It feels rather foolish to be starting a blog in 2022. I thought about putting this out into the world publicly, with my name and face behind it, but it just felt too scary. I want to explore this part of my identity and make sense of it and maybe I’m not actually autistic but I want to know that, too, if that’s the case, and why does it feel so scary? At first I thought it was because I was afraid of how the neurotypical people I know would react. But I realize I’ve craved belonging for as long as I can remember so it’s not as though I am risking something with their possible rejection. But it’s all the reactions I’ve experienced so far at the very notion I might be some flavor of neurodivergent that makes me question whether this sense of belonging I feel to the autistic community is authentic and how it might feel to face rejection from this community. I’ve always heard “but you never had trouble in school,” “but you have so many friends,” “but you have a successful career,” but you don’t do this, but you don’t do that, and while discouraging, I can see where this is coming from a neurotypical perspective, always, and based on neurotypical expectations of how neurodivergence would ought to appear. It’s one thing to hear “no, you’re not one of them,” but “no, you’re not one of us,” hits more painfully.
in 12th grade i took ap english and i had a really hard time with uncovering symbolism. another student in the class was really good with understanding subtext and whenever we had to work in small groups to debrief a piece of literature, he was always the one who told the group what the book was actually about and while it always made sense to me right away, i would get frustrated that i wasn’t able to interpret them for myself. after expressing it to him in confidence once, the student assured me that as long as it made sense to me, that was the important part. whenever we were in small groups, though, and another student would say something that he thought was accurate, the first student would always gently issue his nose a few taps with the tip of his pointed index finger to indicate that the student speaking was “on the nose” and i always really enjoyed that.
when i was in high school, my dad’s friend whose family mine was living with at the time because we were homeless, found gay porn on his computer that i had downloaded. he and my dad had a sit-down with my to talk about the perils of porn from a religious standpoint but they never mentioned that it was gay and i’m still not sure if my dad knew.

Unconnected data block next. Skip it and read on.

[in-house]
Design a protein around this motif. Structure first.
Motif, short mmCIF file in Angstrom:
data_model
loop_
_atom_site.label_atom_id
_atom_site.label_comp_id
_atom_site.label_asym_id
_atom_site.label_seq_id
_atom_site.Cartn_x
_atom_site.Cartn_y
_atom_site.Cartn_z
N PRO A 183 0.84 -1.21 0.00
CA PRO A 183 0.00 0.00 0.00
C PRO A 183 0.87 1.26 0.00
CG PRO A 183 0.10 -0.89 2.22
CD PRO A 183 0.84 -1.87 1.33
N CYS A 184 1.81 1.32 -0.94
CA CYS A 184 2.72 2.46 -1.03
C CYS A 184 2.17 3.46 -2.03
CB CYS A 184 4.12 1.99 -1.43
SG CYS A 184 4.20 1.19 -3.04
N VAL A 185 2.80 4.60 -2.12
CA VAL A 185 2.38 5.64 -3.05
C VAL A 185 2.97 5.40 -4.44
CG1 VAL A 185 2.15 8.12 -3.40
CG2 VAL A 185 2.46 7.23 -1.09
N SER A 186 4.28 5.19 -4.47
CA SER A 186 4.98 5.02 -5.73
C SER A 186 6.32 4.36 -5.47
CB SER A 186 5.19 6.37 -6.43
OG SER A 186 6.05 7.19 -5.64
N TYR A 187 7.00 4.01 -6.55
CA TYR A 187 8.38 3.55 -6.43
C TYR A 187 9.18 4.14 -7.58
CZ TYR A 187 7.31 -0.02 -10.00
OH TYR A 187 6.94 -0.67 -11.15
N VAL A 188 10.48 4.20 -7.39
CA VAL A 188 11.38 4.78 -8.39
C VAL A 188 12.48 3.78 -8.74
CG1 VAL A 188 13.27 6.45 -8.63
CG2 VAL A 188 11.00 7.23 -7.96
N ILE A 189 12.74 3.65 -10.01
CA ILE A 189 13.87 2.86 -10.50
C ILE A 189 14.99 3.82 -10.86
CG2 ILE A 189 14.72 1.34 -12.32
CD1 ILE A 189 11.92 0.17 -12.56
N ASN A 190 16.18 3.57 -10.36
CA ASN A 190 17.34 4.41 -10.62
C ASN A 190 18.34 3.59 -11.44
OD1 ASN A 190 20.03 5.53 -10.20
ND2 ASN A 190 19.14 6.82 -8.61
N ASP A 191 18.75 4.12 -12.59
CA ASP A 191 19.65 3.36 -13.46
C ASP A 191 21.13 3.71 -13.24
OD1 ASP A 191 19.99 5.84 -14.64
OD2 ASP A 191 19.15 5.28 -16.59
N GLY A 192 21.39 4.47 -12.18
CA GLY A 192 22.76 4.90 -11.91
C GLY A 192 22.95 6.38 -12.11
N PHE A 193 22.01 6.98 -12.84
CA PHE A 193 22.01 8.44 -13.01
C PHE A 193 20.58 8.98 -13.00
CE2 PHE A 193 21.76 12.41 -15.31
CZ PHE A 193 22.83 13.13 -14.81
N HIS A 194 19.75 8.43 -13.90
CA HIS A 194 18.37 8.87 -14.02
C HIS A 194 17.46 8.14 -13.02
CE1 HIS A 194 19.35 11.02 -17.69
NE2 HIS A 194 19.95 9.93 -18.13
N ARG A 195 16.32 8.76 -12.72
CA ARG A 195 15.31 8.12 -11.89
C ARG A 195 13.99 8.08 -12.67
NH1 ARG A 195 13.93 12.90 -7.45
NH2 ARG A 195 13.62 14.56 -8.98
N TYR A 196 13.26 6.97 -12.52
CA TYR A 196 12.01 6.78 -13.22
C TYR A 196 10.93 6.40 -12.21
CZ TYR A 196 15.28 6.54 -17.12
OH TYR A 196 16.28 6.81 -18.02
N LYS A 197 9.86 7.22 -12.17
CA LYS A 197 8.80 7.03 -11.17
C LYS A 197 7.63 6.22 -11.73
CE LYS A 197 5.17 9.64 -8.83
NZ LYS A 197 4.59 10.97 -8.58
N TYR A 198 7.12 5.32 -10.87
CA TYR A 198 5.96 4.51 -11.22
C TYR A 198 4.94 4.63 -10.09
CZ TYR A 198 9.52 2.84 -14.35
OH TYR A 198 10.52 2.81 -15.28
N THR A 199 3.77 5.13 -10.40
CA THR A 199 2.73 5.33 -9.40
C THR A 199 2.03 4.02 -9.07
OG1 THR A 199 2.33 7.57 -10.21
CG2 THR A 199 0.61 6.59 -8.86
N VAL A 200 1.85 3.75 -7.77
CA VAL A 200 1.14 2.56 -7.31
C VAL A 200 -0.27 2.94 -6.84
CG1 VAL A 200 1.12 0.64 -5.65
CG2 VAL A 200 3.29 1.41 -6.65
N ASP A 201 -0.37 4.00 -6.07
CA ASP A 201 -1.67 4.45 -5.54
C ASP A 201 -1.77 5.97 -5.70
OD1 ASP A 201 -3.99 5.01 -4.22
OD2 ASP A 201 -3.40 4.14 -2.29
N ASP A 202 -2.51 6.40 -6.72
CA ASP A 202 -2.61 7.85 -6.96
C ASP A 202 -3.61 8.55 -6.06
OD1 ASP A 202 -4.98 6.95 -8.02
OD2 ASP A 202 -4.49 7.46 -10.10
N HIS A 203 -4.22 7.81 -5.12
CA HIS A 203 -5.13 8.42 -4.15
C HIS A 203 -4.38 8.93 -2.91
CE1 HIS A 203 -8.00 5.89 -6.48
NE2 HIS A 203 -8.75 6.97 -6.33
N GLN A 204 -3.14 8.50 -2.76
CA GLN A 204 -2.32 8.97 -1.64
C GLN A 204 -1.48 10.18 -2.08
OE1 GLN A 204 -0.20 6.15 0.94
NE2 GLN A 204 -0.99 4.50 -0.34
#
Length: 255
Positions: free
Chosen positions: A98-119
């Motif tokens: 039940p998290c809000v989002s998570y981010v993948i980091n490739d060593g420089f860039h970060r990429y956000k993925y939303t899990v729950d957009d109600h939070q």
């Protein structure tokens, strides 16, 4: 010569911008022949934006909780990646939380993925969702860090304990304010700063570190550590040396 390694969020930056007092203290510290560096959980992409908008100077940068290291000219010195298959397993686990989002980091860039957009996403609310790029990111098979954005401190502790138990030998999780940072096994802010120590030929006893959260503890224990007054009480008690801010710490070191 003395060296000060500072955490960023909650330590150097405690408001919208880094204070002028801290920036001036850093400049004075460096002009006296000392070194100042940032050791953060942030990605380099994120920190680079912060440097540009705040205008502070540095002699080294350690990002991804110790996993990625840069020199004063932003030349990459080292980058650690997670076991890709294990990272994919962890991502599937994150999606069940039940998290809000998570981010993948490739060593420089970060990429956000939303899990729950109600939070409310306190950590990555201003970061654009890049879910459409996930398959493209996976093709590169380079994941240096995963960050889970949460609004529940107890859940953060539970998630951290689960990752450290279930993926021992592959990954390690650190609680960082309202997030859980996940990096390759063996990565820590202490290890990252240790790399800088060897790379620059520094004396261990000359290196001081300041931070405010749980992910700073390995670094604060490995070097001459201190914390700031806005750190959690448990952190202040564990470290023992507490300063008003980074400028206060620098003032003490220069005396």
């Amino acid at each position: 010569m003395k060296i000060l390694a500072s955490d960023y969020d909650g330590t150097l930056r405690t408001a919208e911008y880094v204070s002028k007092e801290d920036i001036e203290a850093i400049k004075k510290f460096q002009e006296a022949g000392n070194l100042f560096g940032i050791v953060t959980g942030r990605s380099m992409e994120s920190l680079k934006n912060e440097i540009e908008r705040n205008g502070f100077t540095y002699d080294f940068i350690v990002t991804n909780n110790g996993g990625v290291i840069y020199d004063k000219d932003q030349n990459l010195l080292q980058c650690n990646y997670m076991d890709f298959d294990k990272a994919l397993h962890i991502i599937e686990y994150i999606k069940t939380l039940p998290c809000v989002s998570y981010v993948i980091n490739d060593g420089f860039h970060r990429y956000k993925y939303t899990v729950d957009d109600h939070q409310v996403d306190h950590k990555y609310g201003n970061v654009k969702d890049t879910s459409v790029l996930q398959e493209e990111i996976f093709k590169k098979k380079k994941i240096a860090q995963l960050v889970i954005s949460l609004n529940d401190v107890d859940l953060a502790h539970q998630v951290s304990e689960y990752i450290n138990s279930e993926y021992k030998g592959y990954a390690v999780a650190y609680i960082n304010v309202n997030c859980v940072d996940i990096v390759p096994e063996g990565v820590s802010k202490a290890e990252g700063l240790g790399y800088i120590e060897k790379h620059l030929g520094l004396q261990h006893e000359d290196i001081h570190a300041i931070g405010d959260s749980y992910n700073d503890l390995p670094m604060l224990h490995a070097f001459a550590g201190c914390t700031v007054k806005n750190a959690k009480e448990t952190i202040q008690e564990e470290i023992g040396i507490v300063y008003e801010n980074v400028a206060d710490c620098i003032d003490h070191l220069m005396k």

my senior year in high school, i said the word circuitous in conversation in my english class and the teacher stopped me and told me I’d said it wrong. I’d said it like the word “circuit” but he said it was pronounced like cautious… “sir-kyoo-shus”… i said it like that until someone made fun of me in college and i was able to google it. i guess we were both wrong.
I was never the tantrum-thrower. I was the oldest of six and felt like my job was the peacekeeper, breaking up fights and negotiating conflicts. I want to say it was my 13th birthday because I felt like it was a milestone, but memory is unreliable and kids feel like every birthday is a milestone. But, because I was so quiet and reserved, I won’t ever forget breaking down at the lack of birthday festivities on my behalf. So, I was a child throwing a tantrum. It began as a conversation but then I was sent to my room when the conversation made me dissolve into tears. I felt unloved. I felt deserving of a celebration and crushed that my parents did not seem to agree. I felt marginalized, like everyone else got to be the focus of attention on their special days but when it was my turn, the whole system collapsed. And I also felt catharsis as I screamed and cried in my bed, punching and kicking the wall, making myself as much of a disturbance as I could manage. At one point, my parents yelled at me and told me it was enough but I didn’t stop until I was too tired to continue. I dream about that level of unleashed expression, especially in times of intense despair.
in seventh grade, we had a school spirit week with themed days and everyone in the school would come dressed appropriately to the theme. one of the days was “clash day” and you had to come to school in clothes that clashed. i don’t remember the exact outfit but i remember i’d combined purple and green, two colors i thought inherently clashed. during school, one teacher said to me, “i thought you’d have trouble with this one.” her tone was endeared, like she was amused or thought it was cute, but i never understood what she meant by that.
when i was in my teens, i remember the pediatrician telling my mom that i was “developmentally delayed” and i remember thinking that meant i would eventually get taller. i didn’t.
i had to read ‘the giver’ in fifth grade and my mom found out later that it was controversial for some reason and parents didn’t want their kids reading it but i couldn’t figure out why.
one time in my special program in fifth grade, i had to do some kind of research project and didn’t work on it until the day it was due. i did not do any research but made some clay jewelry and put it in a shoebox like a diorama. i had a lot of shame about it.